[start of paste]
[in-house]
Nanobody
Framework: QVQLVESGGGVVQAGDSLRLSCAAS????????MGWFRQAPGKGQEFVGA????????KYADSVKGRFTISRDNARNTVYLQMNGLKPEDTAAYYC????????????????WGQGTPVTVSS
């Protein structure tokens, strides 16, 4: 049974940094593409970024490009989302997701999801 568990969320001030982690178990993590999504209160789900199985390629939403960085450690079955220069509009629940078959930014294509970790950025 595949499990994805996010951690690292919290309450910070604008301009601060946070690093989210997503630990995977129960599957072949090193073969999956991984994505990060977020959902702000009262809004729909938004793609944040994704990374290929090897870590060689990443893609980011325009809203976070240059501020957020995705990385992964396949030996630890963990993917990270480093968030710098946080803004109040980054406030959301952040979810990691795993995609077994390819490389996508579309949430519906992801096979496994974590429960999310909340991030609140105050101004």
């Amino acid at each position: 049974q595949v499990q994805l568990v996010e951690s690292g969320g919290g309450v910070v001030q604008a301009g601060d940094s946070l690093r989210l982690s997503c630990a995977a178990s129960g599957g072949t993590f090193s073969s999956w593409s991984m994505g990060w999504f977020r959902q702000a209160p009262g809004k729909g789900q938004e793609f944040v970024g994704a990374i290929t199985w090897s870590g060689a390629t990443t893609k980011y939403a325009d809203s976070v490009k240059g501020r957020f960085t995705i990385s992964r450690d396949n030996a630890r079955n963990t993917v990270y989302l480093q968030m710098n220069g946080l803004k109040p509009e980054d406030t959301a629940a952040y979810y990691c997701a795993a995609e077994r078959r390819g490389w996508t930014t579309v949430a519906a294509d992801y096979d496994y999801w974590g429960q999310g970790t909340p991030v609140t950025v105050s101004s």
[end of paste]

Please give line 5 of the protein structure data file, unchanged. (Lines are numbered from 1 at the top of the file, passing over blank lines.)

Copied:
């Amino acid at each position: 049974q595949v499990q994805l568990v996010e951690s690292g969320g919290g309450v910070v001030q604008a301009g601060d940094s946070l690093r989210l982690s997503c630990a995977a178990s129960g599957g072949t993590f090193s073969s999956w593409s991984m994505g990060w999504f977020r959902q702000a209160p009262g809004k729909g789900q938004e793609f944040v970024g994704a990374i290929t199985w090897s870590g060689a390629t990443t893609k980011y939403a325009d809203s976070v490009k240059g501020r957020f960085t995705i990385s992964r450690d396949n030996a630890r079955n963990t993917v990270y989302l480093q968030m710098n220069g946080l803004k109040p509009e980054d406030t959301a629940a952040y979810y990691c997701a795993a995609e077994r078959r390819g490389w996508t930014t579309v949430a519906a294509d992801y096979d496994y999801w974590g429960q999310g970790t909340p991030v609140t950025v105050s101004s």